<b>Fifth Columnist :</b> Note-ban riddle
The political discourse has shifted from unearthing black money to digital payment mode
Of all the subjects that have touched human lives in this country in the last few decades, nothing remains quite as all encompassing in its impact as demonetisation.
More than two months after it was proclaimed by a prime minister who surprised, indeed stumped a nation, by banning high denomination notes, no one can quite say for sure the direction that the whole note-ban exercise is likely to take.
In true Narendra Modi style, the country appears split between its pros and cons. Some western observers have already written the epitaph of the Indian economy, saying it is inexplicable why a country, whose economy was running in fine fettle, regarded as one of the bright sparks in an otherwise dismal world of emerging economies, should decide to pull the plug on a system by delivering a body blow to its legal tender.
There is little doubt that the economic slowdown has begun; people are losing jobs and hiring in any, if not all sectors has already become a thing of the past. The GDP is showing signs of going into decline and the general business sentiment is on the slide. In addition, there is the looming fear that India has been set back by a couple of decades, in that the bad old days of long queues, scarcity and rationing are back. In other words, a full blown financial emergency (instead of political emergency) has been foisted upon the country, without so much as an announcement, much less a hint.
Visions of an economic Armageddon? Well, it depends upon how you see it even though one thing is clear. There is no cogent explanation as to the road map ahead and how an exercise of this magnitude is likely to help the country, the economy and most importantly, its common people, who are currently jostling in queues for money, which rightfully belongs to them. Not much different, from let’s say, North Korea, at the moment, except that there are going to be crucial assembly elections in a few weeks time, which could be interpreted as a possible referendum on Modi’s demonetisation.
Consider this. Of the roughly Rs 15.6 lakh crore that was floating around as of November 8, over Rs 14 lakh crore (roughly 90 per cent or more) has been turned in. In other words, what we are looking at is roughly Rs 1.6 lakh crore not coming back or disappearing. So, where pray, is the much-vaunted black money? Little surprise then that of late the political discourse has shifted from unearthing black money to putting India in the digital mode of cashless payments. Theoretically at least, if highly advanced western democracies dare not profess to go cashless, how does India, over a 90 per cent cash economy do so? It is a question that has not provided any easy answers thus far.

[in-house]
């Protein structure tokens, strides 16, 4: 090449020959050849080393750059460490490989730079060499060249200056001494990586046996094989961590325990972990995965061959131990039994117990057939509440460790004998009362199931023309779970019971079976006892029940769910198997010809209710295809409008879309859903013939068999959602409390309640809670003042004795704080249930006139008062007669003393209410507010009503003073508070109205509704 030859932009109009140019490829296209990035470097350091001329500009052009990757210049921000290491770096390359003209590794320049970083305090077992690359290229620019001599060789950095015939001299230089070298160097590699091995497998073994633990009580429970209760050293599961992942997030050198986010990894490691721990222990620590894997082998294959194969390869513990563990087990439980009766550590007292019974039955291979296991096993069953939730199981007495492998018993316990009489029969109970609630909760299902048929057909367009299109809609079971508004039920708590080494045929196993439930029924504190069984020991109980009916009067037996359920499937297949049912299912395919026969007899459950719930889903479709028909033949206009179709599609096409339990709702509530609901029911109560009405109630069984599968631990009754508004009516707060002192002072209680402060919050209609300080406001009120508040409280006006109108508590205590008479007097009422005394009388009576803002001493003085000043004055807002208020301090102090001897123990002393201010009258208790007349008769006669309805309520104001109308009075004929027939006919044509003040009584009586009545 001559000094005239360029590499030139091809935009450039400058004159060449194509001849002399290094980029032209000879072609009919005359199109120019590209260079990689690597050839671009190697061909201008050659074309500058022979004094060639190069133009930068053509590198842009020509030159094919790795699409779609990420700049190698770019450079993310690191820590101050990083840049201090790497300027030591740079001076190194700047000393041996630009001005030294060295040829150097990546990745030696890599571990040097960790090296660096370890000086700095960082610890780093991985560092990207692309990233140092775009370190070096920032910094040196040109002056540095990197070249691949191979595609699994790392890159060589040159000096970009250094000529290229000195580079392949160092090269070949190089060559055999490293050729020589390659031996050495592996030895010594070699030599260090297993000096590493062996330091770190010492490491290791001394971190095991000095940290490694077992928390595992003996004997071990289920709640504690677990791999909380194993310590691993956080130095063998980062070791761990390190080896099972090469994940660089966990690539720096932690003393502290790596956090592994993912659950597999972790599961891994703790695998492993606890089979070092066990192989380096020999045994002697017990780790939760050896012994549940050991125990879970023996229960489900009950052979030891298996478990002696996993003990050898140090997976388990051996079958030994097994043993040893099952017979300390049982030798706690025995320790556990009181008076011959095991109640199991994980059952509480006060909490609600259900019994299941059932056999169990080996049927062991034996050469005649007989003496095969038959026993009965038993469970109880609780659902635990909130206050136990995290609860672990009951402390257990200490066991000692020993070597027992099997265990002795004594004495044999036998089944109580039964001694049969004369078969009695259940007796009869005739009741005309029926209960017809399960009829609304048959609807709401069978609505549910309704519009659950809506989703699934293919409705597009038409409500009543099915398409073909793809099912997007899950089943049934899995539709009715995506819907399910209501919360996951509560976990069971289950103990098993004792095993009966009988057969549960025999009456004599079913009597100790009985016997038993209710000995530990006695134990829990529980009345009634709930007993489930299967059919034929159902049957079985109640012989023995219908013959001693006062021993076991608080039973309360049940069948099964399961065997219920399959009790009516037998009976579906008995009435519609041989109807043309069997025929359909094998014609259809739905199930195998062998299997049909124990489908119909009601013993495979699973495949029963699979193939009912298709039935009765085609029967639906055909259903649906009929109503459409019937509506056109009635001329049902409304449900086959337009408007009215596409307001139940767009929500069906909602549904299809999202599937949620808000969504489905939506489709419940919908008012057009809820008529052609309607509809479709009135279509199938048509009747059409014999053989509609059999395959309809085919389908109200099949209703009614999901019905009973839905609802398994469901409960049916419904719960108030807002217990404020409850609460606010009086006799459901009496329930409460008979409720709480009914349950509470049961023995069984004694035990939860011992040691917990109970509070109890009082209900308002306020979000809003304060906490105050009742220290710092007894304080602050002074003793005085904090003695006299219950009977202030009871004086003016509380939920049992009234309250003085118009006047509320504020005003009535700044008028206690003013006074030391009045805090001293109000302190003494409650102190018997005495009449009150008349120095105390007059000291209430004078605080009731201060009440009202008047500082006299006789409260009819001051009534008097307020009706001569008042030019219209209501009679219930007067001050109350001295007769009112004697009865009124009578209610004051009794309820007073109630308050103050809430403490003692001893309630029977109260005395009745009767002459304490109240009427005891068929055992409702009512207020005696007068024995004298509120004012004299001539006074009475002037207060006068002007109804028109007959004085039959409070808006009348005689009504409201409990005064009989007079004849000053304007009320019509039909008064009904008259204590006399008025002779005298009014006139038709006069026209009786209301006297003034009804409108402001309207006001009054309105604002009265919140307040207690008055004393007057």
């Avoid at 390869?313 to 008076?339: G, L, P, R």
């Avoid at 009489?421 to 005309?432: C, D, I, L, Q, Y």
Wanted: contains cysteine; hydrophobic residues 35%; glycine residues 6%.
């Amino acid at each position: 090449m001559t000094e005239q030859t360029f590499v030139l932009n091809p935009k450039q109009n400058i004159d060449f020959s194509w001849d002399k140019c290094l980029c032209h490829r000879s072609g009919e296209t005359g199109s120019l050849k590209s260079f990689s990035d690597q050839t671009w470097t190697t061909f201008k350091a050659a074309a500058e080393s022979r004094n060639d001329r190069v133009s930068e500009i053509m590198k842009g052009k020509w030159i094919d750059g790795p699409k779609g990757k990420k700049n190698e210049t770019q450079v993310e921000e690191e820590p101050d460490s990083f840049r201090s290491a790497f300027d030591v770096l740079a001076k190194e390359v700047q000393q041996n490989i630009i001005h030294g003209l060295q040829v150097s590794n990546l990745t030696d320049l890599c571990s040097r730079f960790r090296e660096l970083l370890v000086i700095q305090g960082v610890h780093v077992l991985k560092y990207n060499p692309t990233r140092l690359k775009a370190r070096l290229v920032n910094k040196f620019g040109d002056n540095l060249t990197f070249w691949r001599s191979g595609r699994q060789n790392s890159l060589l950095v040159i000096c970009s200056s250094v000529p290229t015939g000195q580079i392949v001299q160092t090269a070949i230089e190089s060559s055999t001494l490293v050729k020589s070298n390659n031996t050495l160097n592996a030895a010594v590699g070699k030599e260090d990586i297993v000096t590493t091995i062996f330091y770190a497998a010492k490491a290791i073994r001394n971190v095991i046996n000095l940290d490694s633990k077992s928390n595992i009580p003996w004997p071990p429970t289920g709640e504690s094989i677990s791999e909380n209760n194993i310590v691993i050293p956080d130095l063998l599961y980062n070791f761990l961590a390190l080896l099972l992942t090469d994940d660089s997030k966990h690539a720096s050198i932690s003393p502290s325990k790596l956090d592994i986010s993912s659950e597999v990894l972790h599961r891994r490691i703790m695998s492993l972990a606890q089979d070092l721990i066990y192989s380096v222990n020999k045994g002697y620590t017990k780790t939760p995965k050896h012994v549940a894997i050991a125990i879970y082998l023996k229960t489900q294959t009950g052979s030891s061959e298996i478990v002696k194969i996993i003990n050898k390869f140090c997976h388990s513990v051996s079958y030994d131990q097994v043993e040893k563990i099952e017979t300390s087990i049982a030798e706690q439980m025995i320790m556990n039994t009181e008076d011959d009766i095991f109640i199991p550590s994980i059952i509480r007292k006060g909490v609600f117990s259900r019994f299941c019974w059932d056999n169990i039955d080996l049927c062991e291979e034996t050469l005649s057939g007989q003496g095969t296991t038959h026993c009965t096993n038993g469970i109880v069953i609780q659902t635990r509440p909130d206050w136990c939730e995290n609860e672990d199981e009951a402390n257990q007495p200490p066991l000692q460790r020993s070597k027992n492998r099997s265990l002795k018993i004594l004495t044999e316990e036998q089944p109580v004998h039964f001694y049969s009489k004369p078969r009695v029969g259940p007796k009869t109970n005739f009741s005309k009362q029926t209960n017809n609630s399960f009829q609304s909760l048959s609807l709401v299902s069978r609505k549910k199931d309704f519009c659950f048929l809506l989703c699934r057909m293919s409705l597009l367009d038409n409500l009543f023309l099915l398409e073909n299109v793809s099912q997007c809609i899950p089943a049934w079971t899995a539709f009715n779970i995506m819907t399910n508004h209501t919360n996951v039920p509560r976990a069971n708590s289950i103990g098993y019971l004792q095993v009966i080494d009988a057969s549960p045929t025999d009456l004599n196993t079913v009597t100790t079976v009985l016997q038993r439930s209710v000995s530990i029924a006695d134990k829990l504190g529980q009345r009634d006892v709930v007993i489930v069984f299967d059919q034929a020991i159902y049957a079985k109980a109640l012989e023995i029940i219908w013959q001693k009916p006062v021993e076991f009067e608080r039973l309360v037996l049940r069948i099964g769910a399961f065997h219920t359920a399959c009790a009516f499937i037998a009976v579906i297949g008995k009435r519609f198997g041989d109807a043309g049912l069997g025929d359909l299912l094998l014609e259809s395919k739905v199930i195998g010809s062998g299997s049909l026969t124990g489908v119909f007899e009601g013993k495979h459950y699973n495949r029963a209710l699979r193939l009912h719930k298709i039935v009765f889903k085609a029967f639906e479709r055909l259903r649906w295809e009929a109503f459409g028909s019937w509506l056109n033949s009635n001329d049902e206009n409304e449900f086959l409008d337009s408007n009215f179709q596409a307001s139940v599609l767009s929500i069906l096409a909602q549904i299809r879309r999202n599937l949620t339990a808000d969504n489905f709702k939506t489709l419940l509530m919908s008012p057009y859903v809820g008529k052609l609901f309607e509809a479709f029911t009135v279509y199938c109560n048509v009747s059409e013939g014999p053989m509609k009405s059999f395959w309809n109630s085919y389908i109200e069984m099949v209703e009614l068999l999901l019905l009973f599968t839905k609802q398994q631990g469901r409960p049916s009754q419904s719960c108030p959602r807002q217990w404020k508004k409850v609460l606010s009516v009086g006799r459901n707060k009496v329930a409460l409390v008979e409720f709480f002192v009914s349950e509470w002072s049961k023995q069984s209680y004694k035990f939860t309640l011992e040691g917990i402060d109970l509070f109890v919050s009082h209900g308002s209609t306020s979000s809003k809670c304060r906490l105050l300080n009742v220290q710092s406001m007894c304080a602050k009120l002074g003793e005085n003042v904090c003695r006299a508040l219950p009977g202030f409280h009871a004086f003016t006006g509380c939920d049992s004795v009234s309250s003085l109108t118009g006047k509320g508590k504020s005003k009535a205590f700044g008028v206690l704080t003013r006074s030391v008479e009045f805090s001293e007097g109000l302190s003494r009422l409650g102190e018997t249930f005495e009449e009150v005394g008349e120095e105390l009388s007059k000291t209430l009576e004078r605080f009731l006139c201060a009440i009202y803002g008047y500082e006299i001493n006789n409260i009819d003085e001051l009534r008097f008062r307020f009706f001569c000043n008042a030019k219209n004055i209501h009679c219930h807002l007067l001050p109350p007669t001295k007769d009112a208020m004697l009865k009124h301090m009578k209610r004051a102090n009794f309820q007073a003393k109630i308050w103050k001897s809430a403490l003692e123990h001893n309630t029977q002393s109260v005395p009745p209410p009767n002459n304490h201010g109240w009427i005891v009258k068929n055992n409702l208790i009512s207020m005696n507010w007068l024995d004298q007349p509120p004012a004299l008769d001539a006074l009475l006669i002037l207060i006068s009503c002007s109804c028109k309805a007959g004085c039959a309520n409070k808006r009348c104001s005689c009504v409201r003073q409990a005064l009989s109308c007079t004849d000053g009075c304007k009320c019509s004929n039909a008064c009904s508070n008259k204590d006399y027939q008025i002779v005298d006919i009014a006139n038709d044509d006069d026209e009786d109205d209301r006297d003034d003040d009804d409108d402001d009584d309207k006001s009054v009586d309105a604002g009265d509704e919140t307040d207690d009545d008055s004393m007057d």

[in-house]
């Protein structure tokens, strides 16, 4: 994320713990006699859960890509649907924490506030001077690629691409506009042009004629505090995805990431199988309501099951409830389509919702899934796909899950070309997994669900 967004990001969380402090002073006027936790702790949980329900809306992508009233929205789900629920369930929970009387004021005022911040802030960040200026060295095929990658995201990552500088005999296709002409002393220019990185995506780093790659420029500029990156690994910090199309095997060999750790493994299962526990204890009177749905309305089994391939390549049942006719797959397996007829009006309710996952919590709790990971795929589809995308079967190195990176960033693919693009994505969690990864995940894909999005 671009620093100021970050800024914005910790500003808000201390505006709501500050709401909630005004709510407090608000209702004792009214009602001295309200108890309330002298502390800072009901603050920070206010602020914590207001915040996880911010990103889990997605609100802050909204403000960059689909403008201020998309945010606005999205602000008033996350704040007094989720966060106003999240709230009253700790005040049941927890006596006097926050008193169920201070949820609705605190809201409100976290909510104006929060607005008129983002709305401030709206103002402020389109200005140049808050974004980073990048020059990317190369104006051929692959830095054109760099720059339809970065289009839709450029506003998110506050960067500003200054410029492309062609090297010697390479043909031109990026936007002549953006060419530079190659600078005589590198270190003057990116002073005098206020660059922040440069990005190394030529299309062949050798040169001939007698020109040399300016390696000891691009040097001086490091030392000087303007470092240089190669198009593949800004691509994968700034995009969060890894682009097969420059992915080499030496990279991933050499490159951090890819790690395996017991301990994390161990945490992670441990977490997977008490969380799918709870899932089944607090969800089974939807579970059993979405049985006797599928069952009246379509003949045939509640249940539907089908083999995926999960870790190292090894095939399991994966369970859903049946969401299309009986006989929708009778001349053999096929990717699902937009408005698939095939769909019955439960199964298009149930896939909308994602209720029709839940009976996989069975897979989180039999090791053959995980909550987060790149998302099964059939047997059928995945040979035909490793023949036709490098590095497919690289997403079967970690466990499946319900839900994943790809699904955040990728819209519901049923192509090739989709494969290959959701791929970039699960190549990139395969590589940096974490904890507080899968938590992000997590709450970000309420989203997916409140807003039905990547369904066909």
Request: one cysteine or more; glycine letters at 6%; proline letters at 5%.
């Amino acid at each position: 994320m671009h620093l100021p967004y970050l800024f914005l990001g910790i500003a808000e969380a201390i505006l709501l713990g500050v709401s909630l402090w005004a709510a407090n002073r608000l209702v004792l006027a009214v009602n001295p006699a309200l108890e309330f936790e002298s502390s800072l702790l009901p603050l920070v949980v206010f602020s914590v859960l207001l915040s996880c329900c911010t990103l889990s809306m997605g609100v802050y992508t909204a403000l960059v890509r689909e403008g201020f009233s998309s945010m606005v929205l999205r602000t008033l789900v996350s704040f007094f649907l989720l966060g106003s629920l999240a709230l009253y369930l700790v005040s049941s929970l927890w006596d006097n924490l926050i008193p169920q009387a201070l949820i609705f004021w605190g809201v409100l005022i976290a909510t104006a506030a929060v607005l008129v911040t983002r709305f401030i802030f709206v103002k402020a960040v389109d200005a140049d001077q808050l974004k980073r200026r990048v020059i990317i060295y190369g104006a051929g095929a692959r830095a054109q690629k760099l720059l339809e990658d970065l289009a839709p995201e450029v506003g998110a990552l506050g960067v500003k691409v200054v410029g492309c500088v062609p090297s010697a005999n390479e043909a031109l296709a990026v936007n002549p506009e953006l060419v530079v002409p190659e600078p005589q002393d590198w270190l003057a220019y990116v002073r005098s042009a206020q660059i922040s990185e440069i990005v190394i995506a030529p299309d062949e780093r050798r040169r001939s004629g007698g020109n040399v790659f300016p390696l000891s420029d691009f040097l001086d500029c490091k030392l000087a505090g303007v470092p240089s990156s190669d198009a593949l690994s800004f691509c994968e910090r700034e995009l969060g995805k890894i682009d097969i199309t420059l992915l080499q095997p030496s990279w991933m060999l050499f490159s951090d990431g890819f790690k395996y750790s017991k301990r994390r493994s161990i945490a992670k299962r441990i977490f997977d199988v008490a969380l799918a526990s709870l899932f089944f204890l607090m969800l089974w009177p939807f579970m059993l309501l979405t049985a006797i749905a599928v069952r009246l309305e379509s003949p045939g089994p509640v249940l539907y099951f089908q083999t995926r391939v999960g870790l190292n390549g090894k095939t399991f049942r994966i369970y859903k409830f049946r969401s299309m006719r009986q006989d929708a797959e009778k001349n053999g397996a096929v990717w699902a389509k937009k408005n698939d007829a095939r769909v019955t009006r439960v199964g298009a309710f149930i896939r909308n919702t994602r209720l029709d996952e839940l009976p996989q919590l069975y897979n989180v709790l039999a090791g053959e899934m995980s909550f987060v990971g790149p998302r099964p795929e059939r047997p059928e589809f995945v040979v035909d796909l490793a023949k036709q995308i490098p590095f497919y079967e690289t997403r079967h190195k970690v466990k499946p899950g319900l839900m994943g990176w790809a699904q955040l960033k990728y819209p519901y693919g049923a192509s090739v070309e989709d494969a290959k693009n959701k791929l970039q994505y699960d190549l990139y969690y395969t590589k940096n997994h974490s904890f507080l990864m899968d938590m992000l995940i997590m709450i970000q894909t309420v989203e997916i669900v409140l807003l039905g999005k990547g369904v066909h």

Now look at the flip side. Flights are going full, hotels are packed, markets are laden with goodies and as the last week’s New Year celebrations demonstrated, life continues to be a breeze for many. You could perhaps put it down to those who have plastic money and those who do not. Sooner, rather than later, we shall know.

The absence of any clear cut explanation for hoisting demonetisation on an unsuspecting country, has led to theories, which are pretty wide ranging; from traditional BJP baiters, who see the unseen force of Hindu majoritarianism to those centrists who appear as baffled as any to the real motive of banning more than 86 per cent of the country’s currency in one startling go.
That has naturally led to various other theories, but the one doing the rounds comes from a certain Norman Haring, who is convinced that the decision of the Indian government was prompted by the United States.
In a detailed article, `A well-kept open secret: Washington is behind India’s brutal experiment of abolishing most cash’, Haring wrote: “US President Barack Obama has declared the strategic partnership with India a priority of his foreign policy. China needs to be reined in. In the context of this partnership, the US government’s development agency USAID has negotiated cooperation agreements with the Indian ministry of finance. One of these is the declared goal to push back the use of cash in favour of digital payments in India and globally.”
He continues: “Not even four weeks before this assault on Indians, USAID had announced the establishment of “Catalyst: Inclusive Cashless Payment Partnership” with the goal of affecting a quantum leap in cashless payment in India. Its press statement on October 14 says that Catalyst marks the next phase of partnership between USAID and ministry of finance to facilitate universal financial inclusion.” This statement, says Haring, which in the normal course would hardly have attracted any attention, is now unavailable on the USAID website anymore!
In the write up, Haring goes on to quote Badal Malik, CEO of Catalyst: “Catalyst’s mission is to solve multiple coordination problems that have blocked the penetration of digital payments among merchants and low-income consumers. We look forward to creating a sustainable and replicable model…while there has been a concerted push for digital payments by the government there is still a last mile gap when it comes to merchant acceptance and coordination issues. We want to bring in a holistic ecosystem approach to these problems.”
In an open season for conspiracy theories, this is as good as it gets.
Ranjit Bhushan